It’s silly season. That alone explains the attention to which people who should know better are giving reports that a former Tory adviser turned PR man, James Chapman, is touting around a ‘new centrist, anti-Brexit party’ named The Democrats. Whilst, in the midst of August and Parliamentary recess, it’s been admittedly fun to watch Chapman slag off his former boss David Davis – including the bizarre allegation that he apparently can’t make a ham sandwich – that’s about the extent of the seriousness with which this should all be taken.
If James Chapman, or anyone else, thinks that a new ‘centrist party’ would succeed then they have very badly misread British politics in 2017. Aside from anything else, if your take-away from the last few years – Jeremy Corbyn winning the Labour leadership, the Brexit vote, Jeremy Corbyn winning the Labour leadership again, the June election – is that what the electorate are really crying out for is a pro-Remain, technocratic, middle class establishment vehicle probably led by George Osborne, then your political antennae are in serious need of re-tuning. All of the evidence points to the fact that the Brexit question has been settled by the electorate – even the majority of people who voted Remain in 2016 don’t wish to see the result reversed and most prefer a ‘hard’ to a ‘soft’ Brexit when asked. Far from representing ‘the 48%,’ Chapman’s wheeze would appeal to little more than a few diehard Remainers for whom the EU has inexplicably become the cornerstone of their political identity since the referendum – the political equivalent of those few Japanese soldiers who refused to surrender until 1974 after the end of the Pacific War.
It’s hard to see what the broader point of this project is. Chapman’s own Twitter feed reveals the essential shallowness of the pitch – the ‘Democrats’ would essentially be nothing more than a vehicle to stay in the EU, an extension of the Stronger In campaign beset by the same lack of energy and lustre, the same misreading of the British electorate and the same fatally flawed political approach in the face of a resonant, emotive Leave campaign that took Britain out of the EU. If the party’s only unifying creed was to keep the country in the EU it would cease to have a purpose after March 2019. Chapman’s own stream-of-consciousness Twitter feed reveals little else in the way of policy except for a bizarre pledge to return the Elgin Marbles – a coherent programme for government this is not.
At best, Chapman could hope to preside over UKIP in reverse – to win a few protest votes and nudge the debate in one direction or other before, the moment his platform looked like it might be popular enough to break through (which it won’t), watching it be cannibalised by one of the ‘established’ parties and his own party’s support collapse.
This is a racing certainty because of the way British politics works, as opposed to the French system which let En Marche outflank the established order. British political parties are not, contrary to popular perception, first and foremost about politics at all, in the sense that they don’t form and unify around a particular ideology. Instead, they form around an interest, and representing that interest – that is what keeps successful parties on course through the changing tides of popular opinion and political fashion. Since its inception, Labour has been the party of the labour interest in Britain – it has been successful when it has built out from that to create a coalition capable of speaking to the majority, and it has failed when it has lost sight of that purpose. Similarly, the Tories have been the party of capital and the landed interest for centuries and have more or less remained so, adapting and adopting to the prevailing political weather as they go.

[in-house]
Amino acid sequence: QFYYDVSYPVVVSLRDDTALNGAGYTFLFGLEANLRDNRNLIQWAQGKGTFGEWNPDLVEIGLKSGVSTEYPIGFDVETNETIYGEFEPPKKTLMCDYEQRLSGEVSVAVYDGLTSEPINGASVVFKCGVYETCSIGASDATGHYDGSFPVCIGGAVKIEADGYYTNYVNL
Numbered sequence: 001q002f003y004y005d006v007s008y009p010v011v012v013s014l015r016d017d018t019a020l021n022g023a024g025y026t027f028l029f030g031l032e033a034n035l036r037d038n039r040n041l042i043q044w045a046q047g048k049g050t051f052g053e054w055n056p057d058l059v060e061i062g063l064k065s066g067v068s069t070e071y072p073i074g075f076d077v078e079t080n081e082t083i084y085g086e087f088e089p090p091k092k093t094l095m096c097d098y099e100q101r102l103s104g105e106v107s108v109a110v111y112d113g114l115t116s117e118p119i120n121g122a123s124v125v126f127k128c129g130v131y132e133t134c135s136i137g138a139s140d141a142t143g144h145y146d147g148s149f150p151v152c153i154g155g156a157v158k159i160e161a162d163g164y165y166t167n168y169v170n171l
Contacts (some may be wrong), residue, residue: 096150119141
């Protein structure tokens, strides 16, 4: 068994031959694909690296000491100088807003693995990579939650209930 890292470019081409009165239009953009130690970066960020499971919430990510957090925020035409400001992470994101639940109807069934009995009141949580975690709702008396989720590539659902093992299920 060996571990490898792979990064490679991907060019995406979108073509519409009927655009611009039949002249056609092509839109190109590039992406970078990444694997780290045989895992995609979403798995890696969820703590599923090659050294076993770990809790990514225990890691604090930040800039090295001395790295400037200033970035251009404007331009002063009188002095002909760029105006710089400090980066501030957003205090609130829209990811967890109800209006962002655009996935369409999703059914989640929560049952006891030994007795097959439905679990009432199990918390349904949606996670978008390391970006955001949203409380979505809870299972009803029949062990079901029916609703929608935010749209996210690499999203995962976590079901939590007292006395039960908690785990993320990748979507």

Chapman’s project is doomed to fail because for all his talk of ‘centrism,’ ‘the Democrats’ wouldn’t represent a clear, well-defined interest in Britain beyond frustrated middle class metropolitans who are irritated that other people made a decision they don’t like. Beyond their shared anger about Brexit and high-handed certainty that they know better than everyone else, this group has nothing in common – simply put, there is no space in the British political landscape for a party representing the interests of metropolitan professionals in Zone 1. The SDP found that out in the 1980s when they learned that you couldn’t simply divorce one tradition within the labour movement from the broad labour interest and win majority support, and the Liberal party in its various guises has spent a century grappling with the fact that a party of the middle class professional interest couldn’t survive the extension of the franchise and remain a party of government.
Most of us in the Labour movement voted and campaigned for Remain in the EU referendum, and most of us are watching the Government’s ham-fisted approach to the negotiations with a mixture of horror and morbid curiosity. Meanwhile, it is a truism that political parties only achieve lasting, transformational success when they can reach out from their narrow interest and build a coalition which speaks to the mainstream majority of people in the country. But a new party, anti-Brexit or not, built only on a short-term objective, with no hinterland beyond a vague aspiration towards centre politics and no shared interest to bind it together, is a chimera. James Chapman is an amusing August distraction, but his PR stunt won’t survive into the autumn.